More residents in West Virginia's Eastern Panhandle, but state loses overall, census data show

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CHARLESTON, West Virginia — West Virginia's Eastern Panhandle counties continue to bulk up on population gains, according to Census figures released Thursday.

Berkeley and Jefferson counties posted the greatest percentage increases in population from 2013 to 2014. Their combined gain of 2,565 residents was more than the other 53 counties combined, according to Census estimates.

Overall, 16 counties gained population and 39 counties lost residents.

Overall, West Virginia lost nearly 3,300 residents last year, according to the census figures. Clay County had the highest percentage drop in the state at 2.8 percent, while Kanawha County had the biggest drop in sheer numbers.

The state has 1.85 million residents.

Here's a look at the shifting county population in West Virginia:


GROWING PANHANDLE

Berkeley, Jefferson and Morgan counties have increasingly become the home of commuters who work in the nearby Washington-Baltimore metropolitan area.

Berkeley County had the single-largest gain of 1,813 residents, a 1.7 percent increase. Jefferson was next with an increase of 752 residents, up 1.4 percent. Morgan gained 31 residents.

In 1970, the three-county region had 3.8 percent of the state's residents. Now that's up to 10 percent.

Berkeley County's population alone grew more than 28 percent during the 1990s and has leaped nearly 46 percent since 2000 to 110,497 residents. Two years ago the county opened its fourth high school.

Yet Berkeley County has kept its rural appeal, with fishing and hunting opportunities in the nearby 23,000-acre Sleepy Creek wildlife management area.

"There are no traffic jams here," said Laura Gassler, executive director of the Martinsburg-Berkeley County Convention and Visitors Bureau. "There's plenty of room for expansion still."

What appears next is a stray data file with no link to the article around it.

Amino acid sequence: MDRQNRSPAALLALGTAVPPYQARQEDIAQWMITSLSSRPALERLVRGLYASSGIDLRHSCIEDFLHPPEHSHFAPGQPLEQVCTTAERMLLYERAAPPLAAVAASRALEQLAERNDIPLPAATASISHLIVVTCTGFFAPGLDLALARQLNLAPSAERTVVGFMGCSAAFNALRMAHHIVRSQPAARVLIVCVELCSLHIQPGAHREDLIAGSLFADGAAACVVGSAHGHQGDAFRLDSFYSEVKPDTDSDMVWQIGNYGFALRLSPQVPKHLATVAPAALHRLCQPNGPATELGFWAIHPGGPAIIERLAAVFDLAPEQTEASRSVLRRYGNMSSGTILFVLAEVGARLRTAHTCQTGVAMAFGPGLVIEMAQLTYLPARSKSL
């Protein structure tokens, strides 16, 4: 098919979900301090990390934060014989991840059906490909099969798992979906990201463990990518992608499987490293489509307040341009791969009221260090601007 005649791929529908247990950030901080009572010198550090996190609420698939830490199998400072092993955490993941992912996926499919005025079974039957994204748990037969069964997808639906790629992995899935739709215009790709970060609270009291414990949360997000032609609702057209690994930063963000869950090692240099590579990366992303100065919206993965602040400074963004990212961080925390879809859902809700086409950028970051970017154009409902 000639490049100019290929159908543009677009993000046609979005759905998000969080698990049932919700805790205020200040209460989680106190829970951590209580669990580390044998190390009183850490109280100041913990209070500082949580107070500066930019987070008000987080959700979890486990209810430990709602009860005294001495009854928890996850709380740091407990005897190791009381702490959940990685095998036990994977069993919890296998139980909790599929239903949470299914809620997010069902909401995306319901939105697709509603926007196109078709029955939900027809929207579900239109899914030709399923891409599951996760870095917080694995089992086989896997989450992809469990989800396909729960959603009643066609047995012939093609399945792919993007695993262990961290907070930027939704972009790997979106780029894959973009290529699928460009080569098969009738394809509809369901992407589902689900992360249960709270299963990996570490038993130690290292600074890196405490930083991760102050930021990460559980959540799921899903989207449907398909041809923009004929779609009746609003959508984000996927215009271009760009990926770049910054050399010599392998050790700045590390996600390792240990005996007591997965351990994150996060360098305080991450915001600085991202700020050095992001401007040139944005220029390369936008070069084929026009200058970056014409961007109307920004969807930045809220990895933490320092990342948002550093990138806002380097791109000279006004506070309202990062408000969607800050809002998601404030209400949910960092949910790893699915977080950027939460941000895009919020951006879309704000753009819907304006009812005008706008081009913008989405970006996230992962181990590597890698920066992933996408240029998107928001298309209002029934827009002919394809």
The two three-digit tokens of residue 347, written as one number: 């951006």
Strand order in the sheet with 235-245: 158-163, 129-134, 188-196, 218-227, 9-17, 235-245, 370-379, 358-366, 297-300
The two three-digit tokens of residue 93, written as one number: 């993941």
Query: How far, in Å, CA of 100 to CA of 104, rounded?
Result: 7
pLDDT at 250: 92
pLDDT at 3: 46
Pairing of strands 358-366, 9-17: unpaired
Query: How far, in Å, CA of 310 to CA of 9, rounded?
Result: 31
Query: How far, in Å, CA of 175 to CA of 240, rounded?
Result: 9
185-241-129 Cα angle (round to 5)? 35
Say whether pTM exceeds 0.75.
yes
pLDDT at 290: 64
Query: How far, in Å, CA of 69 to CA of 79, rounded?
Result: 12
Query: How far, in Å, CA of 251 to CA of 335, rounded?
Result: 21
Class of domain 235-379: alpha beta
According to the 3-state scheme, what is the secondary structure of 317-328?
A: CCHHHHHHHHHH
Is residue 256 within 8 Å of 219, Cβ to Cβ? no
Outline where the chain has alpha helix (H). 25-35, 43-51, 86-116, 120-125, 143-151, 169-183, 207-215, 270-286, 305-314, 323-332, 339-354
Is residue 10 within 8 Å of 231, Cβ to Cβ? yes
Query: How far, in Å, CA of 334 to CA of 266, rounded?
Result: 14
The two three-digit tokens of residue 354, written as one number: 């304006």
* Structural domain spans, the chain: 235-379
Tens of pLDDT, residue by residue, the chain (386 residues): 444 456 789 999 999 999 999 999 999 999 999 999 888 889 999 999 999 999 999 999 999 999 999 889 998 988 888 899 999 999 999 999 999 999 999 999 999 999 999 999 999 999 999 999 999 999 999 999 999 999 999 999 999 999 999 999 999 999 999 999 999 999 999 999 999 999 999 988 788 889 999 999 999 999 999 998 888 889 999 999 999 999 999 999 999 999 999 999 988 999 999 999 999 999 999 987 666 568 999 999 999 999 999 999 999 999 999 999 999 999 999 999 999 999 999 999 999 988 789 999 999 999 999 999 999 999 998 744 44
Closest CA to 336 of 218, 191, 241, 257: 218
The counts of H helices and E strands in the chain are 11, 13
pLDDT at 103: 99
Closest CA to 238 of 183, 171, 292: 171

Last month, Procter & Gamble announced plans to invest $500 million and create 700 permanent jobs at a manufacturing facility scheduled to open in 2017 outside Martinsburg. With that could come a surge in housing.


MONONGALIA'S MOMENTUM

Monongalia County, which borders Pennsylvania in the northern part of the state, gained 1,246 residents last year, a 1.2 percent increase.

That's on top of a state-best increase of 1,747 residents in 2013, when Monongalia joined Kanawha and Berkeley as the only counties with populations of more than 100,000.

The county, home to Morgantown-based West Virginia University, has seen a 62 percent surge in population since 1970.

SHRINKING KANAWHA

Kanawha County — home of the capital, Charleston — had the greatest loss with a drop of 1,171 residents but remains the state's most populous county. Kanawha makes up 10.2 percent of the 55-county state's population.

Population has dropped 18 percent since 1980 to 190,223.


SOUTHERN COALFIELD DRAIN

Nine of the 10 counties that lost the greatest number of residents were in coal-rich southern West Virginia.

West Virginia remains the No. 2 producer of coal and leads the nation in coal jobs. But the industry, especially in West Virginia, Kentucky and Virginia, has seen thousands of layoffs in the past few years.

Monroe and Putnam counties were the only two counties in southern West Virginia to gain population.


STILL THE TINIEST

Wirt remains the smallest county with a population of 5,845, down 30 residents from 2013.

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